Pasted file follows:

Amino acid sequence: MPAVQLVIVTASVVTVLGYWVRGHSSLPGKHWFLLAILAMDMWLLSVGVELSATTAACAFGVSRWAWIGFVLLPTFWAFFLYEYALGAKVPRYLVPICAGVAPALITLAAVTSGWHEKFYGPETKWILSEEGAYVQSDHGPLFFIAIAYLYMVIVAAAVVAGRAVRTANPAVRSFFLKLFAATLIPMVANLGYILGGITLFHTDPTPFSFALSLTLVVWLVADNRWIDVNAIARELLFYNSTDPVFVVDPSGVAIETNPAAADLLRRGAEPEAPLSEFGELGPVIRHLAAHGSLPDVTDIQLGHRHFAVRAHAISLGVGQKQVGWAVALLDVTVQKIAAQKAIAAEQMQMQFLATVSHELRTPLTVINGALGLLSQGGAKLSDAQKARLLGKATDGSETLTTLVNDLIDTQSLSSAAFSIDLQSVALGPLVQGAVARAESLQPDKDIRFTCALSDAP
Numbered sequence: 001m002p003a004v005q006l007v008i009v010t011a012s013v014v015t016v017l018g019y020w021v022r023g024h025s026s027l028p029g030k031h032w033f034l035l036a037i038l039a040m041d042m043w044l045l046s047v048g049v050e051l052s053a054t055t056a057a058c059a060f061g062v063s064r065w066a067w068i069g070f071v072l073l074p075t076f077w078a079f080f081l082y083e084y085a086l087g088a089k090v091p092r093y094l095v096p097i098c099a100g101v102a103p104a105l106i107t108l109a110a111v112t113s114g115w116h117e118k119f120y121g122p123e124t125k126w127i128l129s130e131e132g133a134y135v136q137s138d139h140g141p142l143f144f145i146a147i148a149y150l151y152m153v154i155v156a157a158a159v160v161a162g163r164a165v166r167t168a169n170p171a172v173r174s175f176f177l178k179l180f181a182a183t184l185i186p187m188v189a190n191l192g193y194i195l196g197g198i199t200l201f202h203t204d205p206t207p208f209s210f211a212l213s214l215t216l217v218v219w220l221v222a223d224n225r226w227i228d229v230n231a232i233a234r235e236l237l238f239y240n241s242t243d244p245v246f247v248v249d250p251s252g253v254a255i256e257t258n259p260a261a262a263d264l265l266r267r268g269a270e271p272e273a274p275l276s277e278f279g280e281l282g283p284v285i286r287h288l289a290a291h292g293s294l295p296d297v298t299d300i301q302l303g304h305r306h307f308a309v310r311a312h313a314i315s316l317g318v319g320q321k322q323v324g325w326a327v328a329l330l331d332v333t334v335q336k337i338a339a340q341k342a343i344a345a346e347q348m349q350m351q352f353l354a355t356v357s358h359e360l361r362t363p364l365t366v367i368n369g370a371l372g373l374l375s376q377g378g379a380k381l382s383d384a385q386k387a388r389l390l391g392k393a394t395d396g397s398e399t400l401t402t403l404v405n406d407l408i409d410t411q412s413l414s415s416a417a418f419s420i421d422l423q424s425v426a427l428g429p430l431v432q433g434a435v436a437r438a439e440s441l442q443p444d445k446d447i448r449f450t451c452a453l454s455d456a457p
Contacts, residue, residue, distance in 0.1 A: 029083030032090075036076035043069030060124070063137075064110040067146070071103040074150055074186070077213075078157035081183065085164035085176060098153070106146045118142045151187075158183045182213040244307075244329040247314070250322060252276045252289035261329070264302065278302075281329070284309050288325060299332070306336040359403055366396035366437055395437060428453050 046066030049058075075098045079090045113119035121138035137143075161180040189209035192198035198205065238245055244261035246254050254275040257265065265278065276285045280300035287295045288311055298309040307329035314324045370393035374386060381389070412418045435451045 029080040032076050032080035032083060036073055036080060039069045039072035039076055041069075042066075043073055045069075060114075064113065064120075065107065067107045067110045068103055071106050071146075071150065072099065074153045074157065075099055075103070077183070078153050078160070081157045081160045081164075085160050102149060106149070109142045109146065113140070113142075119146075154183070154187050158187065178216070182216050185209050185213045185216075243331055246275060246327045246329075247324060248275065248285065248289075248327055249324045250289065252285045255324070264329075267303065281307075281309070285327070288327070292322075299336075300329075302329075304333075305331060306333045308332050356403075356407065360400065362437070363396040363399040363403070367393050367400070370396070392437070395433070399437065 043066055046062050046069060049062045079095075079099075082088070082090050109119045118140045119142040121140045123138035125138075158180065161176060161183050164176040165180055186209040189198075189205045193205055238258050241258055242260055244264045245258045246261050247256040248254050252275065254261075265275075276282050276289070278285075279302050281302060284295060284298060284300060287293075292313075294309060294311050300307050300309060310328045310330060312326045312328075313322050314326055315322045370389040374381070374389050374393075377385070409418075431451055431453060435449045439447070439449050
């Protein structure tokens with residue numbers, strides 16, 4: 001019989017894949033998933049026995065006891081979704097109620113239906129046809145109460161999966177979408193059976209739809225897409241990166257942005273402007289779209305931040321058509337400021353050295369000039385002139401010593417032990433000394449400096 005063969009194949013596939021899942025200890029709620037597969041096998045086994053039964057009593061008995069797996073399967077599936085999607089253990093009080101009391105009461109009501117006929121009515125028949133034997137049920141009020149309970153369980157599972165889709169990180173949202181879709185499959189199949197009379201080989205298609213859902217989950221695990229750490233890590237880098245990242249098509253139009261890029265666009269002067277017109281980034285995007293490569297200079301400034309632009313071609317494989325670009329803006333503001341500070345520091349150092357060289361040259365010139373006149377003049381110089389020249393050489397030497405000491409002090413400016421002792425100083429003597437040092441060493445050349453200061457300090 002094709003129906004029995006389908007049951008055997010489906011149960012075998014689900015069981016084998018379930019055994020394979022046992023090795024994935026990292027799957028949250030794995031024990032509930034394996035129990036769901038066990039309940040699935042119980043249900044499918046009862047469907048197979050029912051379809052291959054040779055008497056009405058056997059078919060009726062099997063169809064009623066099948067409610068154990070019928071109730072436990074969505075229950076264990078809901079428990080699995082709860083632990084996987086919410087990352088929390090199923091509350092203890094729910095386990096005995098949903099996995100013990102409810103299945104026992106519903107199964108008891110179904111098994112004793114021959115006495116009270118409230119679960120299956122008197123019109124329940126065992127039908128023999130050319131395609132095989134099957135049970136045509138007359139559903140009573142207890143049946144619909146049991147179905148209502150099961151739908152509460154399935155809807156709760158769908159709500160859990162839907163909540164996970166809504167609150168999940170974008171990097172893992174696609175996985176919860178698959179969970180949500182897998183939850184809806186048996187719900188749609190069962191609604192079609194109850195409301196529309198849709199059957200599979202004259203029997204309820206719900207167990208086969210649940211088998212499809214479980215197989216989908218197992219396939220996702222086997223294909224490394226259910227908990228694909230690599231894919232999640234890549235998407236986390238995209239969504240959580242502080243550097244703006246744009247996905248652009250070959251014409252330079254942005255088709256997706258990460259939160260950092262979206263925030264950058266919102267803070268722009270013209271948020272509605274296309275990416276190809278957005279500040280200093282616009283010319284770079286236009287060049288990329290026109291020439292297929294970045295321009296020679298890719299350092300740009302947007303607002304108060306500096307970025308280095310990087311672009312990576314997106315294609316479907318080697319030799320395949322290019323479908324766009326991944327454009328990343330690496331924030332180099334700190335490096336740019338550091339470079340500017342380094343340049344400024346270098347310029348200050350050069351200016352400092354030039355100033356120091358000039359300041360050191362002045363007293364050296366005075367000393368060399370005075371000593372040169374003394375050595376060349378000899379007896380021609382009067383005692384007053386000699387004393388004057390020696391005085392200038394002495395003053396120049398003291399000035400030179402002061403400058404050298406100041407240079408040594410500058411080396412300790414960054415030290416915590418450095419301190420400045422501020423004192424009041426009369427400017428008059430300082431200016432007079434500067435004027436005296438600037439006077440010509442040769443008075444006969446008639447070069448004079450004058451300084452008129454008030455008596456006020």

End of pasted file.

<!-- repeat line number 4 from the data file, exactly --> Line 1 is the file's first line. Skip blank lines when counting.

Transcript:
């Protein structure tokens with residue numbers, strides 16, 4: 001019989017894949033998933049026995065006891081979704097109620113239906129046809145109460161999966177979408193059976209739809225897409241990166257942005273402007289779209305931040321058509337400021353050295369000039385002139401010593417032990433000394449400096 005063969009194949013596939021899942025200890029709620037597969041096998045086994053039964057009593061008995069797996073399967077599936085999607089253990093009080101009391105009461109009501117006929121009515125028949133034997137049920141009020149309970153369980157599972165889709169990180173949202181879709185499959189199949197009379201080989205298609213859902217989950221695990229750490233890590237880098245990242249098509253139009261890029265666009269002067277017109281980034285995007293490569297200079301400034309632009313071609317494989325670009329803006333503001341500070345520091349150092357060289361040259365010139373006149377003049381110089389020249393050489397030497405000491409002090413400016421002792425100083429003597437040092441060493445050349453200061457300090 002094709003129906004029995006389908007049951008055997010489906011149960012075998014689900015069981016084998018379930019055994020394979022046992023090795024994935026990292027799957028949250030794995031024990032509930034394996035129990036769901038066990039309940040699935042119980043249900044499918046009862047469907048197979050029912051379809052291959054040779055008497056009405058056997059078919060009726062099997063169809064009623066099948067409610068154990070019928071109730072436990074969505075229950076264990078809901079428990080699995082709860083632990084996987086919410087990352088929390090199923091509350092203890094729910095386990096005995098949903099996995100013990102409810103299945104026992106519903107199964108008891110179904111098994112004793114021959115006495116009270118409230119679960120299956122008197123019109124329940126065992127039908128023999130050319131395609132095989134099957135049970136045509138007359139559903140009573142207890143049946144619909146049991147179905148209502150099961151739908152509460154399935155809807156709760158769908159709500160859990162839907163909540164996970166809504167609150168999940170974008171990097172893992174696609175996985176919860178698959179969970180949500182897998183939850184809806186048996187719900188749609190069962191609604192079609194109850195409301196529309198849709199059957200599979202004259203029997204309820206719900207167990208086969210649940211088998212499809214479980215197989216989908218197992219396939220996702222086997223294909224490394226259910227908990228694909230690599231894919232999640234890549235998407236986390238995209239969504240959580242502080243550097244703006246744009247996905248652009250070959251014409252330079254942005255088709256997706258990460259939160260950092262979206263925030264950058266919102267803070268722009270013209271948020272509605274296309275990416276190809278957005279500040280200093282616009283010319284770079286236009287060049288990329290026109291020439292297929294970045295321009296020679298890719299350092300740009302947007303607002304108060306500096307970025308280095310990087311672009312990576314997106315294609316479907318080697319030799320395949322290019323479908324766009326991944327454009328990343330690496331924030332180099334700190335490096336740019338550091339470079340500017342380094343340049344400024346270098347310029348200050350050069351200016352400092354030039355100033356120091358000039359300041360050191362002045363007293364050296366005075367000393368060399370005075371000593372040169374003394375050595376060349378000899379007896380021609382009067383005692384007053386000699387004393388004057390020696391005085392200038394002495395003053396120049398003291399000035400030179402002061403400058404050298406100041407240079408040594410500058411080396412300790414960054415030290416915590418450095419301190420400045422501020423004192424009041426009369427400017428008059430300082431200016432007079434500067435004027436005296438600037439006077440010509442040769443008075444006969446008639447070069448004079450004058451300084452008129454008030455008596456006020």